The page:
ocaml# Question about partial application in OCaml

I have a question about OCaml: Assume the following function declarations:

```
let secret x y =
let secret' x y z = x + y - z in
let z = if x mod 2 = 0 then y else x - y
in secret' x z ;;
```

```
print_int (secret 3 2 (-5));;
```

The output will be 9.

Why is the result 9?

Is this the way its calculations are performed?

```
let secret 3 2 =
let secret' 3 2 z = 3 + 2 - z in
let z = if 3 mod 2 = 0 then 2 else 3 - 2
in secret' 3 1
```

Why doesn't it stop at secret' 3 1 but instead comes up with the result 9? Computes it secret' 3 1 (-5) = 3 + 1 -(-5) ? Why?

Solution

First, let's fix the indentation, as it's quite misleading right now.

```
let secret x y =
let secret' x y z = x + y - z in
let z = if x mod 2 = 0 then y else x - y in
secret' x z ;;
```

Same function, but doesn't imply that the local `z`

is related to the `secret'`

function. Second, let's remove some of the variable shadowing, because you're calling `secret'`

with a derived `y`

(which you call `z`

in another place but which is different from `z`

in `secret'`

), so for the sake of clarity, let's rename those variables.

```
let secret x y =
let secret' a b c = a + b - c in
let z = if x mod 2 = 0 then y else x - y in
secret' x z ;;
```

Now we make the call

```
secret 3 2 (-5)
```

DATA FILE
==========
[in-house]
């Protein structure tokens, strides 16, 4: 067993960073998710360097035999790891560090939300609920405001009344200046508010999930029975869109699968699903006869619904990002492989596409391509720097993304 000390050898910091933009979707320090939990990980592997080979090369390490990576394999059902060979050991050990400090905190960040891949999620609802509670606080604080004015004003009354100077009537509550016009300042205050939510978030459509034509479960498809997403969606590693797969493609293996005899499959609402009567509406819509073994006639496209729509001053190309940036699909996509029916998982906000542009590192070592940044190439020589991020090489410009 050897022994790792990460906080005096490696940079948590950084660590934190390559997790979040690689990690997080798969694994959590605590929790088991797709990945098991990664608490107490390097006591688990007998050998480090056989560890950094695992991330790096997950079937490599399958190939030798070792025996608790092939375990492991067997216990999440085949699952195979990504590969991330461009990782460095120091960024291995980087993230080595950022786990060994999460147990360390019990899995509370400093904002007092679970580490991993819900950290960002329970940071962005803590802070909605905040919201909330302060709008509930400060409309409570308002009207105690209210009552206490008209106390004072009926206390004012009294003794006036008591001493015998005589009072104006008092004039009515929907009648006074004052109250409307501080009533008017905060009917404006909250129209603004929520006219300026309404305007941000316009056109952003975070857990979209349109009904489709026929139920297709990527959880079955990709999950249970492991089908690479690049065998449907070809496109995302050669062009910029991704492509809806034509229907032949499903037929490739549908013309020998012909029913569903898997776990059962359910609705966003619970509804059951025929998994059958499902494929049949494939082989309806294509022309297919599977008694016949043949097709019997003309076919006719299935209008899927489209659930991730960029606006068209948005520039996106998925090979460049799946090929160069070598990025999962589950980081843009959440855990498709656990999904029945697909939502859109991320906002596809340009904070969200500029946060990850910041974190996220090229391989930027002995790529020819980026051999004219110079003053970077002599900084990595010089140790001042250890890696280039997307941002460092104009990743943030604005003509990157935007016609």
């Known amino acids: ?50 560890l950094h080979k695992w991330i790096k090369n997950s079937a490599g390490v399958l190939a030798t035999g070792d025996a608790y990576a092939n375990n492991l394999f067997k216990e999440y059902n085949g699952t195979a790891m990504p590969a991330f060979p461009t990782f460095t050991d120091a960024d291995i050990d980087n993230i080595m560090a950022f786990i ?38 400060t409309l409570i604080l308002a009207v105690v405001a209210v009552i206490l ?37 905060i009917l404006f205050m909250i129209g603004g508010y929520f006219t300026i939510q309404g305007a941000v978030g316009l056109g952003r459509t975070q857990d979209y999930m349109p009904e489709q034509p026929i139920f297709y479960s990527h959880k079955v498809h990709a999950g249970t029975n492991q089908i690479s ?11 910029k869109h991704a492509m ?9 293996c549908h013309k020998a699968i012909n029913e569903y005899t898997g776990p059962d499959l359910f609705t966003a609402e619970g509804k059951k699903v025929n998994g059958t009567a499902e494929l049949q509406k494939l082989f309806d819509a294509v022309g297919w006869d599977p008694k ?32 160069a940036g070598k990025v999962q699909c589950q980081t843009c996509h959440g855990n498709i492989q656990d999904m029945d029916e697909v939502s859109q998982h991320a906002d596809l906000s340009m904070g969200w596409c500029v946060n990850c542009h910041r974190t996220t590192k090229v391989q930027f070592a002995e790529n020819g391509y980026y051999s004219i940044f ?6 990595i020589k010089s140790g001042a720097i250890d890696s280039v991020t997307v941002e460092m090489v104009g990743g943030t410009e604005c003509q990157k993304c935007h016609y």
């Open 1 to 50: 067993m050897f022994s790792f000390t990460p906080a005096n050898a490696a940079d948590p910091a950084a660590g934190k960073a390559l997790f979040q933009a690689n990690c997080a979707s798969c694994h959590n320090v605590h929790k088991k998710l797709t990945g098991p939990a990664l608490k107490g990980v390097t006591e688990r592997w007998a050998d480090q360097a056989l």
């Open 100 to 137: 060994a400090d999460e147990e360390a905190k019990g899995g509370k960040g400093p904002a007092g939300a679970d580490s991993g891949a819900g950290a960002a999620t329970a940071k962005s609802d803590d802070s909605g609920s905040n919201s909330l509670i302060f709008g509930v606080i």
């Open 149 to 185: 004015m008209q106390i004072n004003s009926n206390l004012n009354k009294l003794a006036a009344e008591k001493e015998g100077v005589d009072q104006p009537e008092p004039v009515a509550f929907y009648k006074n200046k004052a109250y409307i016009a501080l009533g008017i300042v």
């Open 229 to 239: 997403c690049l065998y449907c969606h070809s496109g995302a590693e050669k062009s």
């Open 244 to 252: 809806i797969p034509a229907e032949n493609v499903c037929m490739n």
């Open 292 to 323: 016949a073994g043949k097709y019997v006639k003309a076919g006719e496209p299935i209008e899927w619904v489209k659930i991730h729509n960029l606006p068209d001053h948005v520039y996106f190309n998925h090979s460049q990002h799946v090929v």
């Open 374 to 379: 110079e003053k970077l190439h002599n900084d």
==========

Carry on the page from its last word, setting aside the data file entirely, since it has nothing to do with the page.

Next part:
We have a definition for `secret x y`

. So we can forget about the third argument for now and just call this function.

```
(secret 3 2) (-5)
```

Replace with definition.

```
((let secret' a b c = a + b - c in let z = if x mod 2 = 0 then y else x - y in secret' x z) 3 2) (-5)
```

Substitute `3`

for `x`

and `2`

for `y`

.

```
(let secret' a b c = a + b - c in let z = if 3 mod 2 = 0 then 2 else 3 - 2 in secret' 3 z) (-5)
```

Simplify `z`

, since we know its value.

```
(let secret' a b c = a + b - c in secret' 3 1) (-5)
```

Now we can partially apply `secret'`

. We don't have a value for `c`

yet (we do in the outer expression, but we're not looking there right now). The above is equivalent to

```
(let secret' a b = fun c -> a + b - c in secret' 3 1) (-5)
```

Oh look! Suddenly the function takes two arguments. And we have two arguments. Let's apply it. Substitute `3`

for `a`

and `1`

for `b`

.

```
(fun c -> 3 + 1 - c) (-5)
```

Hey, look! A function of one argument being applied to one argument. Substitute `-5`

for `c`

.

```
3 + 1 - (-5)
```

and simplify the arithmetic

```
9
```

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